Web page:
Antisense is the non-coding strand in double-stranded DNA. The antisense strand serves as the template for mRNA synthesis.
Isis Pharmaceuticals announced today that Eli Lilly and Company licensed LY2275796, a second-generation antisense anti-cancer drug candidate for clinical development.
As our understanding of biology increases, the tools of research become almost as important as the researchers wielding them. Currently, one of the major obstacles to research is actually getting inside of cells and tissue to see what is going on as it happens.
Using a new molecular genetic technique, scientists have turned procrastinating primates into workaholics by temporarily suppressing a gene in a brain circuit involved in reward learning. Without the gene, the monkeys lost their sense of balance between reward and the work required to get it, say researchers at the National Institute of Mental Health .
Poised on the brink of phenomenal growth, the oligonucleotides market offers a plethora of opportunities to the enterprising investor. Recent analysis by Frost & Sullivan estimates that the total global market for oligonucleotides is likely to grow from USD 340.0 million in 2003 to USD 776.0 million in 2010.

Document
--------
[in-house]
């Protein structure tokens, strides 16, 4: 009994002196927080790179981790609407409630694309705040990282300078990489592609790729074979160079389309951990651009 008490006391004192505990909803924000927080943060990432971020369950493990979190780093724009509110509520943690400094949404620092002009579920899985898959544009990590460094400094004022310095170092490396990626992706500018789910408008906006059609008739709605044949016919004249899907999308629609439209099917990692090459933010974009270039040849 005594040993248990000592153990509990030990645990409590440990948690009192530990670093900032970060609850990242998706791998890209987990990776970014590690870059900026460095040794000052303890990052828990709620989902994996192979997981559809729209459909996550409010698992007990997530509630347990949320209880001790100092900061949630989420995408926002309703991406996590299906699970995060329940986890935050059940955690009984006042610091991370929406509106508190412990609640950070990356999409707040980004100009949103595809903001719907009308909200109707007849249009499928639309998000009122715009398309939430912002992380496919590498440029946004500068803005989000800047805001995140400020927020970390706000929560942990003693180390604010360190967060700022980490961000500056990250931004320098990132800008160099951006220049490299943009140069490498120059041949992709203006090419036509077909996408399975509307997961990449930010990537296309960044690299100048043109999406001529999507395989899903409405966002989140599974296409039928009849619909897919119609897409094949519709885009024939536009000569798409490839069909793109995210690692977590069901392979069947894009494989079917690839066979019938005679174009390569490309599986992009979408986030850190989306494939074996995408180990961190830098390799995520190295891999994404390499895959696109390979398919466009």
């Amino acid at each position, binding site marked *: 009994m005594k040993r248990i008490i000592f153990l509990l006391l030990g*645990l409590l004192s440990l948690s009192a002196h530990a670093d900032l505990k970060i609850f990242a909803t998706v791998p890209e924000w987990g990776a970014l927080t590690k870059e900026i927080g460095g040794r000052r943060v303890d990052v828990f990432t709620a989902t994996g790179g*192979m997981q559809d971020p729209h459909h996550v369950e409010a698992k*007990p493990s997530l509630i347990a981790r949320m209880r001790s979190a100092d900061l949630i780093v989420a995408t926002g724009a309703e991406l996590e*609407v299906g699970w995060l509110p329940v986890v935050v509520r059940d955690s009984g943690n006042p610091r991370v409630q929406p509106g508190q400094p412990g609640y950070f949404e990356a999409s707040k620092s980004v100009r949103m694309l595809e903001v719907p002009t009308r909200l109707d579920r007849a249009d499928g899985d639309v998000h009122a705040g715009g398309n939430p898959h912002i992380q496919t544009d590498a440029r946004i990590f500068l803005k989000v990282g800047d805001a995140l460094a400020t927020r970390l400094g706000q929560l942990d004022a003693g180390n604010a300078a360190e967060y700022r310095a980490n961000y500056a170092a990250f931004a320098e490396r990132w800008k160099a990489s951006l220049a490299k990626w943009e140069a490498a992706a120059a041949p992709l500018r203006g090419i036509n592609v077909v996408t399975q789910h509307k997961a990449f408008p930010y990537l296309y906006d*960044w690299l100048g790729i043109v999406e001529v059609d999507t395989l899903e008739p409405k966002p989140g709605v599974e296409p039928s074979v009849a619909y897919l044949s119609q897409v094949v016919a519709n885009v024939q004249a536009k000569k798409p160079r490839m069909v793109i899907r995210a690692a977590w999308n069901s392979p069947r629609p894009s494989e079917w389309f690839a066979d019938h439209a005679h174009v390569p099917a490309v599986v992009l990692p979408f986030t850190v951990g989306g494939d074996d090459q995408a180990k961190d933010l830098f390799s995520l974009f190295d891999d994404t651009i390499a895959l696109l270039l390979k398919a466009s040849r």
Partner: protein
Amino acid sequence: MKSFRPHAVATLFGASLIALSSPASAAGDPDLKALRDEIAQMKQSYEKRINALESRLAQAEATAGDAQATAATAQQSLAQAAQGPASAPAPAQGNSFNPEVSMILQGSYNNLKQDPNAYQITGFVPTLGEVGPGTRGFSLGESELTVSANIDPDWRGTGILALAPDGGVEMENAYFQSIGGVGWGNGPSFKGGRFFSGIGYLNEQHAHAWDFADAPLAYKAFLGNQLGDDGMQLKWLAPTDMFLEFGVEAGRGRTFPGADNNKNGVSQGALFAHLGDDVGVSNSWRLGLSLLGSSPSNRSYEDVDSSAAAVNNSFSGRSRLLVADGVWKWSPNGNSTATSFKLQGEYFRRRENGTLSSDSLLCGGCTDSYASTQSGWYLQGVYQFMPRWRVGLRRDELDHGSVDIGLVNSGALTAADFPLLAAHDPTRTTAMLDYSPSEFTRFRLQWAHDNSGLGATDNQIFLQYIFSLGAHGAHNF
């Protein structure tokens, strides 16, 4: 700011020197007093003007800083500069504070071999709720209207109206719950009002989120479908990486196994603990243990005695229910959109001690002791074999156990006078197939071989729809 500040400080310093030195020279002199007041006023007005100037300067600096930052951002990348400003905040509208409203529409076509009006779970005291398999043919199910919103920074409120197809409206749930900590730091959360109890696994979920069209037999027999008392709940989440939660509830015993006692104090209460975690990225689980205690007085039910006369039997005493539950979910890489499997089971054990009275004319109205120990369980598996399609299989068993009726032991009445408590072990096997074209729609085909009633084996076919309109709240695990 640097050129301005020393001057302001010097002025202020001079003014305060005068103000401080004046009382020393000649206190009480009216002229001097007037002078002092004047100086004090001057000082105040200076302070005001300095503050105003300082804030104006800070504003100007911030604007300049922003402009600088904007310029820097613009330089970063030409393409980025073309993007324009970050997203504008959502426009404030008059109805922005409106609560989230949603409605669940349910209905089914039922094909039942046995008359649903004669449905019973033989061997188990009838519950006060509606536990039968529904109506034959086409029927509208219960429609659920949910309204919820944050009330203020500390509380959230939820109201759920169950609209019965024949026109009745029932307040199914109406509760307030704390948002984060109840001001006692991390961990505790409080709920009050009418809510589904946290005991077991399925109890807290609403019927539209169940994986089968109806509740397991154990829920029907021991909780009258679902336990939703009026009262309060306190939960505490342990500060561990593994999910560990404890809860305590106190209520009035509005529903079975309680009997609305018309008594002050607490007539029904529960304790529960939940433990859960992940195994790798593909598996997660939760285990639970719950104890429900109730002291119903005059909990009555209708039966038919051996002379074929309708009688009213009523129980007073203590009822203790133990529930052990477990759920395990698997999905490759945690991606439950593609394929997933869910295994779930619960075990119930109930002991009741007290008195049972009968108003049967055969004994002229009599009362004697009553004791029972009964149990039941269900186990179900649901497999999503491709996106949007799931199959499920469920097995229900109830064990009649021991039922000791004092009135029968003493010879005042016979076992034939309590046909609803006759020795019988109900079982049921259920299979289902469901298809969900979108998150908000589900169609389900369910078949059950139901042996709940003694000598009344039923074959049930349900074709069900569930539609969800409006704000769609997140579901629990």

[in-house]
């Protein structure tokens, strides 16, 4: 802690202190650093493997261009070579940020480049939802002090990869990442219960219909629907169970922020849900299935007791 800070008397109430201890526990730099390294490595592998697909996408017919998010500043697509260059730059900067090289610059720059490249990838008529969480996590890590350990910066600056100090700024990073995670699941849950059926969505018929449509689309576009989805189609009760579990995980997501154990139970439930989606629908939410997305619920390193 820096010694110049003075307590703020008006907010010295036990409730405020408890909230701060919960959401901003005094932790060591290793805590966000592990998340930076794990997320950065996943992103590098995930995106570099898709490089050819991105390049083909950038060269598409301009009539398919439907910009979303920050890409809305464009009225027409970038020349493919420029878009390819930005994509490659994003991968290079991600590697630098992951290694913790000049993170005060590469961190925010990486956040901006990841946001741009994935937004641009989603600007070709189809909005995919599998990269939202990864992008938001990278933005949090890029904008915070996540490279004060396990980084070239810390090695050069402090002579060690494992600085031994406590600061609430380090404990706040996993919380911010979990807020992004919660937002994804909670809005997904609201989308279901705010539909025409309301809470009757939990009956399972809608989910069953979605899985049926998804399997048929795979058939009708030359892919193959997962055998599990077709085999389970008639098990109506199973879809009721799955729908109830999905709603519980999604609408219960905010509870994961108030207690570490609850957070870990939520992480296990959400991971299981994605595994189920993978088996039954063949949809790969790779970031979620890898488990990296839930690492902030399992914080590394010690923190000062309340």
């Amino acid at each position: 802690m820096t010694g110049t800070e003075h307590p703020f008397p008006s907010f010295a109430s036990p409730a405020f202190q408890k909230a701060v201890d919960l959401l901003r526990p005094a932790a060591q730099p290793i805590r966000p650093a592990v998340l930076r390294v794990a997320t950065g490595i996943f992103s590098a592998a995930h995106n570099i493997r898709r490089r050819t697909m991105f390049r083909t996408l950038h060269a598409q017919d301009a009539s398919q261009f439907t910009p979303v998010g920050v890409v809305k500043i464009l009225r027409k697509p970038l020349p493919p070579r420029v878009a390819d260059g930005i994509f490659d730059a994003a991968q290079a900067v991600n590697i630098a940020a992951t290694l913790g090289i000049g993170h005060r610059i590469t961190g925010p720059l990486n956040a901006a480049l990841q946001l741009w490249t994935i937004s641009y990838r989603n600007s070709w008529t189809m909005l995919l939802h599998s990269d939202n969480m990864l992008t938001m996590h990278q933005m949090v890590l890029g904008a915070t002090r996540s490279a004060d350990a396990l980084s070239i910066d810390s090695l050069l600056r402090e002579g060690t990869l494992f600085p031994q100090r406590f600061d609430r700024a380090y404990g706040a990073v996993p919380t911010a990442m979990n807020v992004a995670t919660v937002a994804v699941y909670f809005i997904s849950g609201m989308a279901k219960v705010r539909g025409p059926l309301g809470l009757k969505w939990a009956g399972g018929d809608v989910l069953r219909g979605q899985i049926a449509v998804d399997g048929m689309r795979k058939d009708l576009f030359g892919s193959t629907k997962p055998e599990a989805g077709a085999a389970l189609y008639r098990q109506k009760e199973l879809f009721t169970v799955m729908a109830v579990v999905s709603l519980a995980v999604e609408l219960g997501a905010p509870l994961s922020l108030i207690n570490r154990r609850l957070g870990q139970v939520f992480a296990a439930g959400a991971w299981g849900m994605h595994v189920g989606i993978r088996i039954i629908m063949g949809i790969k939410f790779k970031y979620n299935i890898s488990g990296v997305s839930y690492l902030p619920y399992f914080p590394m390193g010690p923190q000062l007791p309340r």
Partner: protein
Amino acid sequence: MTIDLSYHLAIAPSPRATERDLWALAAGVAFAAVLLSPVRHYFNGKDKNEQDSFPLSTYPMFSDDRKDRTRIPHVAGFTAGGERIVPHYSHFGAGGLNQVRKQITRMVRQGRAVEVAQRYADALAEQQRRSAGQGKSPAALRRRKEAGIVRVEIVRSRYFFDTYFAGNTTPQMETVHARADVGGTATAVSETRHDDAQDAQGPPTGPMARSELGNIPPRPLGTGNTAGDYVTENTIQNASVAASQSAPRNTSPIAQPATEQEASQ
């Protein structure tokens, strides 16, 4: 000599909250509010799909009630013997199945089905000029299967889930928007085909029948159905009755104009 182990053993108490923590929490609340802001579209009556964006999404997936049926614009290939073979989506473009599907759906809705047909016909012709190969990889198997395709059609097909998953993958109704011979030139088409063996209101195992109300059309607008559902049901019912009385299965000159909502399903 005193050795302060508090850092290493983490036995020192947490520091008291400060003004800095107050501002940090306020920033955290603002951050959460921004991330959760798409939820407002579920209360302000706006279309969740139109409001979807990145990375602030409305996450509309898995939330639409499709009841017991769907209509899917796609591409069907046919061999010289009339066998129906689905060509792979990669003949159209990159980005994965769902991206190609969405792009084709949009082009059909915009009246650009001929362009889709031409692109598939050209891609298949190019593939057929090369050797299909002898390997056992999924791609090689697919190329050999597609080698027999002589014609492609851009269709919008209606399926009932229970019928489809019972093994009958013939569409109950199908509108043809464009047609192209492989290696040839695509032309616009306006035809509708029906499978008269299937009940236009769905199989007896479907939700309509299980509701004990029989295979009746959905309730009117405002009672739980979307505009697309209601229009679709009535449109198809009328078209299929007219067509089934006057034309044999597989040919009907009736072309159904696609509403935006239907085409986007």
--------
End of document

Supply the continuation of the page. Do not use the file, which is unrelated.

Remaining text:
A team of researchers from the Universitat Autònoma de Barcelona (UAB) has discovered that transposons, small DNA sequences that travel through the genomes, can silence the genes adjacent to them by inducing a molecule called antisense RNA.
The idea is to use a modified form of HIV to deliver an "antisense" gene to the immune cells that HIV infects. This is integrated into the cells' genome, and stays there until a cell is infected. Then it is switched on, and produces RNA complementary to the "sense" RNA encoding a viral protein. In theory, the RNAs should bind together, blocking viral replication.
Targeting and inactivating a key gene could be a subtle and effective treatment for certain types of ovarian cancer, Scottish researchers suggest in a study published in Clinical Cancer Research.